18. 18. Forecasting the Future of Predictive Crime MappingAcknowledgments: We would like to thank Professor Wilpen Gorr for histhoughtful and constructive comments on an earlier version of thismanuscript. Any errors, misrepresentations or inaccuracies are the faultof the authors.REFERENCESAdams-Fuller, T. (2001). "Historical Homicide Hot Spots: The Case of Three Cities." Doctoral dissertation, Howard University, Washington, DC.Anderson, D., S. Chenery and K. Pease (1995). Biting Back: Tackling Re- peat Burglary and Car Crime. (Home Office Crime Prevention Unit Series, No. 58.) London, UK: Home Office.Anselin, L. (1999). Spatial Data Analysis with SpaceStat™ and ArcView®. Ann Arbor, MI: SpaceStat (http://www.spacestat.com). Cohen, D. Cook, W.L. Gorr and G. Tita (2000). "Spatial Analysis of Crime." In: D. Duffee (ed.), Measurement and Analysis of Crime and Justice, Criminal Justice 2000, vol. 4. Washington, DC: Office of Jus- tice Programs, National Institute of Justice.Antenucci, J., K. Brown, P. Croswell and M. Kevany, with H. Archer (1991). Geographic Information Systems: A Guide to the Technology. New York, NY: Van Nostrand Reinhold.Bailey, T.C. and A.C. Gatrell (1995). Interactive Spatial Data Analysis. Essex, UK: Addison Wesley Longman Ltd.Becker, G.S. (1968). "Crime and Punishment: An Economic Approach." Journal of Political Economy 76:169-217.Bennett, T. (1996). "Identifying, Explaining, and Targeting Burglary Hot Spots." European Journal of Criminal Policy and Research 3:113-123.Brantingham, P.J. and P.L. Brantingham (1981). "Notes on the Geometry of Crime." In: P.J. Brantingham and P.L. Brantingham (eds.), Envi- ronmental Criminology. Prospect Heights, IL: Waveland Press. and P.L. Brantingham (1978). "A Theoretical Model of Crime Site Selection." In: Krohn and Akers (eds.), Crime Law and Sanctions. Beverly Hills, CA: Sage Publications.Brown, D.E. (2001). Conversation with Professor Donald E. Brown, Chair, Systems and Information Engineering Department, Univer- sity of Virginia. August 3, 2001. H. Liu and Y. Xue (2000). "Mining Preferences from Spatial- Temporal Data." Paper presented at First SIAM International Con- ference on Data Mining, Chicago, IL, April. -51-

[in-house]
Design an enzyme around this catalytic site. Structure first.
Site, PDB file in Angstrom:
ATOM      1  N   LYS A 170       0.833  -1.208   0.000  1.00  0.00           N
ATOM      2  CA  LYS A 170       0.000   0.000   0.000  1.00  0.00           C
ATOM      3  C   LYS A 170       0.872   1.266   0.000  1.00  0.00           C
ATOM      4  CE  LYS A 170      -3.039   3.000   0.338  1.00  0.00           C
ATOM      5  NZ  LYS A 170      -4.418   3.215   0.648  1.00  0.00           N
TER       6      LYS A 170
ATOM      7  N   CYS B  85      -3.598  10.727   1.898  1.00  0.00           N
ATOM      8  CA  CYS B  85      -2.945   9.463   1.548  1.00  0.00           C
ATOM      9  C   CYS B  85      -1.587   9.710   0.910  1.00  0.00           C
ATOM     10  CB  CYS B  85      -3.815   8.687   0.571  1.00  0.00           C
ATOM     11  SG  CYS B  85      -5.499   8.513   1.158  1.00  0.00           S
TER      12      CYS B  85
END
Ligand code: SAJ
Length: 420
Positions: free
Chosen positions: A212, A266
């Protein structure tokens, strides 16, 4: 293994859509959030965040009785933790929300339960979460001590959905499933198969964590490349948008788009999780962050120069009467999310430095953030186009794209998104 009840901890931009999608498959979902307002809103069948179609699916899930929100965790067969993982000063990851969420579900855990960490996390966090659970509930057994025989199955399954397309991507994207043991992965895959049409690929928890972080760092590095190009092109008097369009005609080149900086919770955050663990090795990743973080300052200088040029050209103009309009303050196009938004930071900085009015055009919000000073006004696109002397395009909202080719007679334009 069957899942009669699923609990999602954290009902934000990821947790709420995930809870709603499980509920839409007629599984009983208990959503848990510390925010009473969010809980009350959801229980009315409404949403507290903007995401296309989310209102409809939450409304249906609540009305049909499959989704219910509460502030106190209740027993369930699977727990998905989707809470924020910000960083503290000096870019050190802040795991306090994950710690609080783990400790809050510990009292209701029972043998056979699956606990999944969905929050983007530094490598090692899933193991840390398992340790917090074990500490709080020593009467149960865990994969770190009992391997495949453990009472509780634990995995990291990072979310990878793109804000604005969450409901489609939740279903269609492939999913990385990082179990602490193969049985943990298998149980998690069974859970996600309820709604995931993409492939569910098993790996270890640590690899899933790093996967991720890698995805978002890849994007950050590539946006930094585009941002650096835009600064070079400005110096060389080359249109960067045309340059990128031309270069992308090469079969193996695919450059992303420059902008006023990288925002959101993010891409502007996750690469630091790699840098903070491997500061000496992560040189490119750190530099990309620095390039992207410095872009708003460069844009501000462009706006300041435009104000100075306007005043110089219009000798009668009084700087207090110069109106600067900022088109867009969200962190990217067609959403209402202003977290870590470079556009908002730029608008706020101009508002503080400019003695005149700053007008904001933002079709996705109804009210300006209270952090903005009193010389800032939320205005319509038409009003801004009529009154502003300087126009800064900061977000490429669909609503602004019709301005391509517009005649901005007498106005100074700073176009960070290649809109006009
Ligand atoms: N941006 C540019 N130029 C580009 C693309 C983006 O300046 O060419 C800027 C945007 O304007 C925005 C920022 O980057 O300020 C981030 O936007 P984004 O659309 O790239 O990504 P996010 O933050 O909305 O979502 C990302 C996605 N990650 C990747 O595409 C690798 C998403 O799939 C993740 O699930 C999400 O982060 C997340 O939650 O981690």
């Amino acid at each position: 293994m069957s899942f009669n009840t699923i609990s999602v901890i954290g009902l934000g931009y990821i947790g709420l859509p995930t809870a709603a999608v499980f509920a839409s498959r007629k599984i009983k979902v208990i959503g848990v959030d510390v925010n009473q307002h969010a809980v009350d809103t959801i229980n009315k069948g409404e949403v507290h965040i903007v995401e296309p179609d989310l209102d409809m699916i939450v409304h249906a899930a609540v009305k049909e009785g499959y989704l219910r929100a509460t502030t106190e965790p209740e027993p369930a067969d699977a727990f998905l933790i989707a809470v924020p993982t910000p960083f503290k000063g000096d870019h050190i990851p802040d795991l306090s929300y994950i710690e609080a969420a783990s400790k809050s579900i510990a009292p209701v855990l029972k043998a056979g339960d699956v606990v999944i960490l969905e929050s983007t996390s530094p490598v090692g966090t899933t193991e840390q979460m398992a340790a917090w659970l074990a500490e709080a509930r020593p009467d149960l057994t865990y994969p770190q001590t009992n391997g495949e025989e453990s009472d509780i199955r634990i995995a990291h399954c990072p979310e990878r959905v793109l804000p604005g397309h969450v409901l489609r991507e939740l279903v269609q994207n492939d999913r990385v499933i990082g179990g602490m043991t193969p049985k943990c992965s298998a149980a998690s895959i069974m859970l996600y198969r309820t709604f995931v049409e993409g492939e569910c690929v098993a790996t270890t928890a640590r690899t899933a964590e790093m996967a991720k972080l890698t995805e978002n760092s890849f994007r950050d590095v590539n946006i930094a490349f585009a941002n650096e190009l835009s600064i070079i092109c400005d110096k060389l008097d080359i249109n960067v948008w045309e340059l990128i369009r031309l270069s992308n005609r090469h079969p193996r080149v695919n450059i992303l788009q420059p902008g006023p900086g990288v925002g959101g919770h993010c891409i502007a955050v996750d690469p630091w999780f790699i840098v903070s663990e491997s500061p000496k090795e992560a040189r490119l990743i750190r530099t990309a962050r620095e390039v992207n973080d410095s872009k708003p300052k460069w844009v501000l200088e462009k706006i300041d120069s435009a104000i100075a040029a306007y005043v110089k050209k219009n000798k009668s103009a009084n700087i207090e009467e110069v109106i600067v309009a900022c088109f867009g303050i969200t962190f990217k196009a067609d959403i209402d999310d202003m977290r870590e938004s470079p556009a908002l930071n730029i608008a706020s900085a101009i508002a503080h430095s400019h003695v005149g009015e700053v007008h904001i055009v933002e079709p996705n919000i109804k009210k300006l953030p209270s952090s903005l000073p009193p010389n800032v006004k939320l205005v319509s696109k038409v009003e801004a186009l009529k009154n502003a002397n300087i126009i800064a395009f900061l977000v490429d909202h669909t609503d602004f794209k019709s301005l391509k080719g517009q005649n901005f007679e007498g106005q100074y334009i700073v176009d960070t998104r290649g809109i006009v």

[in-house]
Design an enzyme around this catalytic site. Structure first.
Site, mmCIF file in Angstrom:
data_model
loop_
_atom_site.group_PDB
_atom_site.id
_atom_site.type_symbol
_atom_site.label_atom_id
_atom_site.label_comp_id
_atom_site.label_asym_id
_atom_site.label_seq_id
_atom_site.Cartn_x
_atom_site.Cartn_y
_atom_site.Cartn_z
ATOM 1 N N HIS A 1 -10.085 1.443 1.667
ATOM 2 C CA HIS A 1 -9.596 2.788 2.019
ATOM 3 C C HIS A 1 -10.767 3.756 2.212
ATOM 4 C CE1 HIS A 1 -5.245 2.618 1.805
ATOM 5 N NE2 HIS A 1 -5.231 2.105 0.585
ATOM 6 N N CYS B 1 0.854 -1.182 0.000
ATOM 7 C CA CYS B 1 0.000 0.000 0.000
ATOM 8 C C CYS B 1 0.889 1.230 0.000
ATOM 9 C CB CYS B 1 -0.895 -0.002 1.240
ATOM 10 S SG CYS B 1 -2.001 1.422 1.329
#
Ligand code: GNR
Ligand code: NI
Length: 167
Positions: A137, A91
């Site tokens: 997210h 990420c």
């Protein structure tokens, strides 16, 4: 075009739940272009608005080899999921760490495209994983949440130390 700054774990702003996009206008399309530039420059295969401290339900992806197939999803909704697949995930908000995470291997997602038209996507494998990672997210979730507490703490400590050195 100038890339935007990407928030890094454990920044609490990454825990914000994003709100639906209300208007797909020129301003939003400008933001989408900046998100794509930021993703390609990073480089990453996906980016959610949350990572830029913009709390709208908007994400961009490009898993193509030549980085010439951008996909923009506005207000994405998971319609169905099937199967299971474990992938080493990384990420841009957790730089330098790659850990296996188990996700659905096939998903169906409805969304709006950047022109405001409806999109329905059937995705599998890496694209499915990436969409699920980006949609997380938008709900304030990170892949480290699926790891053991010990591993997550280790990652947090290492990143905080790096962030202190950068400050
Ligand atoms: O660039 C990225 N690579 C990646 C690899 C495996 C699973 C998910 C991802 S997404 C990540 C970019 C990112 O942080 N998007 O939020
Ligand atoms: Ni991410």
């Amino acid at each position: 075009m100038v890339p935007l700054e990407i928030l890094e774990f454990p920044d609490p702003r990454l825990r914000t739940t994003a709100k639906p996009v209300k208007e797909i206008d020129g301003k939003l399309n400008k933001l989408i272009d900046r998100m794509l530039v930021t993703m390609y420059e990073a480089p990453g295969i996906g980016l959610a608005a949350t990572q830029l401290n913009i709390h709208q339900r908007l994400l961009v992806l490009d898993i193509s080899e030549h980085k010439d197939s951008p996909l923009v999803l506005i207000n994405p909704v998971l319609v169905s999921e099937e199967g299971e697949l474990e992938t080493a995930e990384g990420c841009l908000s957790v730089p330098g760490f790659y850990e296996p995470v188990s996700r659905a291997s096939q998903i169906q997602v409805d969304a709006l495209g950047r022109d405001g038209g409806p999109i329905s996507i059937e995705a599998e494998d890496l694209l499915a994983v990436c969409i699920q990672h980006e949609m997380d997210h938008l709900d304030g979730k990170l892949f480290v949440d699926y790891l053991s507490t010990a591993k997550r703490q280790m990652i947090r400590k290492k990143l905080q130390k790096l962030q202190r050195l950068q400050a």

19. 19. Elizabeth R. Groff and Nancy G. La VigneBrown, R.G. (1963). Smoothing Forecasting and Prediction of Discrete Time Series. Englewood Cliffs, NJ: Prentice Hall.Clarke, K.C. (1997). Getting Started with Geographic Information Systems. Upper Saddle River, NJ: Prentice-Hall.Clarke, R.V. [1992] (1997). Situational Crime Prevention: Successful Case Studies (2 nd ed.). Albany, NY: Harrow and Heston. and R. Homel (1997). "A Revised Classification of Situational Crime Prevention Techniques." In: S.P. Lab (ed.), Crime Prevention at a Crossroad. Cincinnati, OH: Anderson. and D. Weisburd (1994). "Diffusion of Crime Control Benefits: Ob- servations on the Reverse of Displacement." In: R.V. Clarke (ed.), Crime Prevention Studies (vol. 2). Monsey, NY: Criminal Justice Press.Cohen, L.E. and M. Felson (1979). "Social Change and Crime Rate Trends: A Routine Activities Approach." American Sociological Re- view 44:588-608.Cornish, D.B. and R.V. Clarke (1986). The Reasoning Criminal: Rational Choice Perspectives on Offending. New York, NY: Springer.Crime Mapping Laboratory, Police Foundation (2000). "Integrating Com- munity Policing and Computer Mapping: Assessing Issues and Needs Among COPS Office Grantees." Final Report. Washington, DC: Department of Justice, Office of Community Oriented Policing Services (http://www.usdoj.gov/cops/pdf/toolbox/computer_map- ping/e032k0046.pdf).Dunworth, T., G. Cordner, J. Greene, T. Bynum, S. Decker, T. Rich, S. Ward and V. Webb (1998). "Police Department Information Systems Technology Enhancement Project: ISTEP." Washington, DC: De- partment of Justice, Office of Community Oriented Policing Services (http://www.usdoj.gov/cops/cp_resources/pubs_ppse/istep.htm).Eck, J.E. (1993). "The Threat of Crime Displacement." Criminal Justice Abstracts 25:527-46.ESRI (1998). Working with Spatial Analyst: Three Day Course Notebook with Exercises and Training Data. Redlands, CA: ESRI.Farrell, G. (1995). "Predicting and Preventing Revictimisation." In: M. Tonry. and D.P. Farrington (eds.), Building a Safer Society. (Crime and Justice, vol. 19.) Chicago, IL: University of Chicago Press. and K. Pease (2001). Repeat Victimization. (Crime Prevention Stud- ies, vol. 12.) Monsey, NY: Criminal Justice Press. and W. Sousa (2001). "Repeat Vicitimization and Hot Spots: The Overlap and Its Implications for Crime Control and Problem- Oriented Policing." In: G. Farrell and K. Pease (eds.), Repeat Victimi- zation. (Crime Prevention Studies, vol. 12.) Monsey, NY: Criminal Justice Press. -52-